Andreas Späth

Rights for rivers and mountains?

2010-11-10 07:55

Should nature and its constituent parts - animals, plants, rivers and valleys - have legally recognised rights comparable to those of humans?

Not too long ago nobody who mattered in the world (ie mostly rich white males) would have dreamed of considering women as being equal to men or black people as being people at all. Today, these concepts are well entrenched human rights, recognised and defended by all but the most barbaric throwbacks.

These days, very few of the people who matter in the world (ie mostly rich white males) would seriously consider extending legal rights to nature. But so-called Earth rights are gradually forcing themselves onto the global enviro-political agenda.

South Africans should be at the forefront of the debate. It was a Cape Town lawyer, Cormac Cullinan, who in 2002 published Wild Law: A Manifesto for Earth Justice, which remains the seminal book on the topic. Cullinan has been instrumental in helping to disseminate the concept of Earth rights and turning it into a lived reality internationally, but you’re much more likely to have heard of him if you’re Bolivian than if you’re a Saffer.

The ideas behind Earth rights aren’t complicated, but for most of us they will require a major shift in mindset. Our planet as a whole is conceived of as a self-regulating, self-sustaining community of interrelated and interdependent natural entities that includes human beings, rather than simply as a collection of individual components which humans are entitled to exploit for their exclusive benefit.

The basis for this way of looking at the world is not some New Age tree-hugging esoterica, but sound scientific, ecological reasoning. The long-term survival of a complex, integrated, living system is crucially dependent on an equilibrated balance between all of its constituent parts. If humans continue to insist on dominating, polluting and unsustainably exploiting the larger natural system of which we are a part, we will ultimately be responsible for its destruction and for our own demise. Earth rights are an attempt to formally and legally balance the rights and responsibilities of humans against those of the other members of the natural community that makes up our planet.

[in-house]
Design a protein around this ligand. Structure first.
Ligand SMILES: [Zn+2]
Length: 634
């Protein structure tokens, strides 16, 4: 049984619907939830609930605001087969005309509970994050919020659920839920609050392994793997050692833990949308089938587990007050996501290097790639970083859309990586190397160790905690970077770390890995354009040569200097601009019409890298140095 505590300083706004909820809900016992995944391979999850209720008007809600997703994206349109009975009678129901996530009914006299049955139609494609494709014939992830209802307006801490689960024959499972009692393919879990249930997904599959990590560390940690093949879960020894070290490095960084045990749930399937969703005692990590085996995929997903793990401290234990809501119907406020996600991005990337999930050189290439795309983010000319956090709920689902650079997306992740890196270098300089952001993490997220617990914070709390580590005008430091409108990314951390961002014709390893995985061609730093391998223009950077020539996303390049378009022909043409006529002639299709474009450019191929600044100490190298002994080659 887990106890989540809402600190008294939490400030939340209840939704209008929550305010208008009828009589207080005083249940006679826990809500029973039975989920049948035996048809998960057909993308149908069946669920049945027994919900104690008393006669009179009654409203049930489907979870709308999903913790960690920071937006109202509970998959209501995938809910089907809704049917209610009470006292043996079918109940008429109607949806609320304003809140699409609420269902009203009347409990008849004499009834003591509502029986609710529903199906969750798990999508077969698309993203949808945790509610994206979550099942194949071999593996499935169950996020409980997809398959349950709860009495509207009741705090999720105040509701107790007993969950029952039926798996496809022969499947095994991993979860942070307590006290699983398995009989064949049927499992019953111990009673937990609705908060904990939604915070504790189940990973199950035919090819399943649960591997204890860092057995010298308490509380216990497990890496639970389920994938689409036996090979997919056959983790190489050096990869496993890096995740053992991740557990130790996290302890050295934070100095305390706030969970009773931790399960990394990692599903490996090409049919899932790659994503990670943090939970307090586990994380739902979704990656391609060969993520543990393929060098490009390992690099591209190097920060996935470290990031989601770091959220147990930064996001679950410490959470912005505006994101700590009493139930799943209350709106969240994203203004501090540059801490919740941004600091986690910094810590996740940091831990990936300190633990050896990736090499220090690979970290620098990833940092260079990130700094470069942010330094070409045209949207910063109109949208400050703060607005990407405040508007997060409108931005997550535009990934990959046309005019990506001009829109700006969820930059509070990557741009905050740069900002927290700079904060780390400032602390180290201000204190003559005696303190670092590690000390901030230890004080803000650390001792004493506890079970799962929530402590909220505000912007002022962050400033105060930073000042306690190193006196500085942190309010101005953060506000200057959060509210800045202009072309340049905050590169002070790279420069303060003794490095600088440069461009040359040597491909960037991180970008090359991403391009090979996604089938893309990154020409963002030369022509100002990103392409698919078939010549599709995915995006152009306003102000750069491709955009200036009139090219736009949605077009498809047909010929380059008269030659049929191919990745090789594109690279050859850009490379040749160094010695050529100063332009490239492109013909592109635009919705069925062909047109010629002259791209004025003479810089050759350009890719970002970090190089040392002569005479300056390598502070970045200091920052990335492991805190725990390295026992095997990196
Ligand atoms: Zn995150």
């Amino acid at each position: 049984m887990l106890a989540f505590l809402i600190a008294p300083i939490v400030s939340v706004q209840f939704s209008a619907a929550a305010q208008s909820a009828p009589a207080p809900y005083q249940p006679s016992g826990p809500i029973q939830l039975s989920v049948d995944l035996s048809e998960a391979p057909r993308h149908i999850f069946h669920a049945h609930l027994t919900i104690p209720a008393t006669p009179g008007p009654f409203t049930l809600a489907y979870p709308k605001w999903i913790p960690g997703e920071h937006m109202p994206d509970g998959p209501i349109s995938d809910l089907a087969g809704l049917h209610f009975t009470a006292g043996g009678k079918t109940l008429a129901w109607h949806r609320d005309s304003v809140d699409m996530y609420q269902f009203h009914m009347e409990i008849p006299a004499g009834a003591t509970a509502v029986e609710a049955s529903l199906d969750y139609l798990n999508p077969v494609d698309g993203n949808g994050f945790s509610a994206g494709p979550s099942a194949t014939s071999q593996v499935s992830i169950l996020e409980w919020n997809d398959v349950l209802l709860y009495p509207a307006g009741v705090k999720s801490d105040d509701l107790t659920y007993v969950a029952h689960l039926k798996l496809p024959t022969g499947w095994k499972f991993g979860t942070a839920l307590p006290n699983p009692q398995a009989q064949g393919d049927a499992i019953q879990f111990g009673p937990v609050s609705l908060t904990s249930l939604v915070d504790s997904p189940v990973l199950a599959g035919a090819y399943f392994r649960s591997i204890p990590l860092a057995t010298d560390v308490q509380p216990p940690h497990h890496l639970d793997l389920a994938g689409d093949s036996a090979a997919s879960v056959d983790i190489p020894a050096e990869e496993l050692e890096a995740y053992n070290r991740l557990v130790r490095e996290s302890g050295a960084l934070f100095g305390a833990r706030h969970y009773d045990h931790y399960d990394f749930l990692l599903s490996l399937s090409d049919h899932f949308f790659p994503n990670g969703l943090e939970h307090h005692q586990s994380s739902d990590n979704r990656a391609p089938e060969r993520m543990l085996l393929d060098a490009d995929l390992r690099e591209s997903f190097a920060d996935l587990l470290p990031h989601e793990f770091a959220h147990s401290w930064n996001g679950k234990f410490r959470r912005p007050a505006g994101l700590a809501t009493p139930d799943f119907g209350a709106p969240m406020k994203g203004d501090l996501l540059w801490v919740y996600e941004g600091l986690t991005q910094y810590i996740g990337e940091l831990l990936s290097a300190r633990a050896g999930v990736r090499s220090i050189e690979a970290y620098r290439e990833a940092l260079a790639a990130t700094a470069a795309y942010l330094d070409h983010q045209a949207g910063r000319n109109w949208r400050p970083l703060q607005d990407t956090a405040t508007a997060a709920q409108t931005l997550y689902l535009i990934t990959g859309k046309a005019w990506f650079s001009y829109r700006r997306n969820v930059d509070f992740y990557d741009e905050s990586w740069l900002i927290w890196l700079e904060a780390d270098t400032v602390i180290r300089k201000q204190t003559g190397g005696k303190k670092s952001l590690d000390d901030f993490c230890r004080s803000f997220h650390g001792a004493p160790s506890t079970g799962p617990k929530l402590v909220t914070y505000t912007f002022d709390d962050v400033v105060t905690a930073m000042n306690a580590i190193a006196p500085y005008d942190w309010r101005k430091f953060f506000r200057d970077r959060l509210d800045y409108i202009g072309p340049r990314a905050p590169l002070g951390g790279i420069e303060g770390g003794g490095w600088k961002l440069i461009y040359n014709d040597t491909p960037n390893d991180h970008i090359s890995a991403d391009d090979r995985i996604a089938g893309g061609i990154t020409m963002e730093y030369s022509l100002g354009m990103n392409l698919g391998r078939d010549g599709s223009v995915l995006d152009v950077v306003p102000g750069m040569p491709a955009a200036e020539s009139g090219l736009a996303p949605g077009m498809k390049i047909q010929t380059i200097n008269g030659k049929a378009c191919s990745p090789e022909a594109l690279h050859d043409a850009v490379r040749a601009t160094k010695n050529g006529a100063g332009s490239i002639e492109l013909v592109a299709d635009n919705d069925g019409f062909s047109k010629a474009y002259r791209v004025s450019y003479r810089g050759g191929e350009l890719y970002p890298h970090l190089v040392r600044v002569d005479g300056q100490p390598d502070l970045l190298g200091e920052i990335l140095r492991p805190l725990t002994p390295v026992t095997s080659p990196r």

In recent times these ideas have started to gain international prominence. In 2008, Ecuador became the first country in the world to adopt a constitution that recognises the rights of nature and April of this year saw the first World People’s Conference on Climate Change and the Rights of Mother Earth in Bolivia at which Earth rights took centre stage.

Faced with the threat of climate change, but frustrated by the lack of political will and action from developed countries and the dismal performance of international agreements like the Kyoto Protocol and the Copenhagen Accord, more than 30 000 participants from 140 countries produced a draft for a Universal Declaration of the Rights of Mother Earth and a People’s Agreement which were subsequently submitted to the UN by the Bolivian government.

The Universal Declaration of the Rights of Mother Earth, in the drafting of which Cullinan played a leading role, asserts that humans are members of an indivisible, self-regulating community of interrelated beings”, each of which has an inherent right to water, clean air, health, freedom from contamination, pollution, toxic or radioactive waste and detrimental genetic modification. It asserts that humans have an obligation to act in accordance with these rights.

The proposals from the World People’s Conference go far beyond the weak rhetoric of Copenhagen, demanding a 50% reduction in greenhouse gas emission in developed countries by 2017, a one degree limit on global temperature increase during this century, payment of climate debts and compensation to developing countries, the establishment of a Tribunal of Climate and Environmental Justice and a rejection of carbon markets as a mechanism for dealing with climate change. Capitalism, as a system premised on endless growth on a finite planet, was identified as incompatible with life itself and an underlying structural cause of climate change and environmental degradation.

Call me an idiot (again), but I for one hope that Earth rights grow from the militant groundswell they represent today into a universal principle to stand alongside human rights before it’s too late.

- Andreas has a PhD in geochemistry and manages Lobby Books, the independent book shop at Idasa’s Cape Town Democracy Centre. Follow him on Twitter: @Andreas_Spath

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